Installing Legacy Clover (for legacy BIOS machines to boot the installer in UEFI mode) 1. Install Clover onto the USB drive (in OSX) with the “use alternative booting PBR” option ticked as shown below. Note - you can also install legacy Clover onto the USB in Windows using the Bootice program - see post#23. Clover: Select the Clover.img file. OSX: Selects the OSX10.14.0Installer.hfs file. Target Disk: Select your USB. If you encounter an error, Access is denied, which means that your USB is used by another program, please close all these programs, or use diskpart to clean the USB first. Hello guys, I am trying to create a hackintosh for first time. I figured it out somehow how to install Clover bootloader in the USB. Clover is booting properly. Now I cant find a single topic on web which can tell about the basics. Every post give instructions. No one is telling how to use.
- Its installer only supports macOS, so we just have to use the ISO file to install Clover on USB from Windows and Linux. You need to use a FAT32 formatted drive to support booting in both the UEFI and the Legacy BIOS.
- Once the USB installer was created, I proceeded to install the latest version of clover onto the USB drive and copy the EFI folders from the E7X70 Sierra Bootpack into the EFI folder of the USB which was created through the installation of clover. I replaced the folders from the bootpack and proceeded to try and boot the USB.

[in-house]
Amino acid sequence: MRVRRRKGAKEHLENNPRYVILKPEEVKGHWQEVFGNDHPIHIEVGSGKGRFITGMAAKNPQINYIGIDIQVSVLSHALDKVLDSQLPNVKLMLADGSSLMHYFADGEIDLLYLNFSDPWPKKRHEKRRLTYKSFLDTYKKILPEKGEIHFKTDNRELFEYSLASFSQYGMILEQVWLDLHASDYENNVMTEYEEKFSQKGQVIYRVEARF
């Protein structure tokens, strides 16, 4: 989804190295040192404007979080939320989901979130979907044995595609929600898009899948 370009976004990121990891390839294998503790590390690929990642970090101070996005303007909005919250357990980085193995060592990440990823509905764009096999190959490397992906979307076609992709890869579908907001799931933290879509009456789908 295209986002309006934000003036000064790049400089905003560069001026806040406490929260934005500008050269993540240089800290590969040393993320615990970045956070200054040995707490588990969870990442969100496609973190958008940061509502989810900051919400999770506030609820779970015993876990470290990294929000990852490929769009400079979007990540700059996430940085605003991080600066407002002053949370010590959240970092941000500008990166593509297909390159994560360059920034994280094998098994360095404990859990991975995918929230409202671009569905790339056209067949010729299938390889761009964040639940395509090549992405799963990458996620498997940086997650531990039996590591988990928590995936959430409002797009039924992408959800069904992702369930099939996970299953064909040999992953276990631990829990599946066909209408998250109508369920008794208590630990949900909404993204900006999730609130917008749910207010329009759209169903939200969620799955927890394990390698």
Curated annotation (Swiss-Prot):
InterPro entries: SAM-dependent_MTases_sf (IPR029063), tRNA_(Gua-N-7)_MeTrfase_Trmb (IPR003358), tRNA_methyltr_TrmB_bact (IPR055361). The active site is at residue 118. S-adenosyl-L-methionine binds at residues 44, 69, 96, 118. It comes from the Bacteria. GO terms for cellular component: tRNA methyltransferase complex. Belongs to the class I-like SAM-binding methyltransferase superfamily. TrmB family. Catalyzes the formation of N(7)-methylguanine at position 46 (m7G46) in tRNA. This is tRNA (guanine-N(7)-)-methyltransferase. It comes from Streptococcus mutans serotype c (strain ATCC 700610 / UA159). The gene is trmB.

- Mac Backup Guru Backup with space saving tech. Flagship product. File Extractor Extract the files that are within files (Free) Style App Like Prisma on your Mac or PC (Free) Install Disk Creator Make a bootable macOS install disk (Free) Snoop Catcher Snapshots with your webcam on wake (Free) Duplicate Copy and paste anything, even a bootable disk.
- Clover Boot Disk is the name after you have a USB bootable via Clover. I have not tested on the official MAC. It works for Hackintosh machines. Clover Boot Disk supports both Legacy BIOS and UEFI modes, because Clover supports both modes. This article does not instruct you to use Clover Bootloader, as well as install macOS.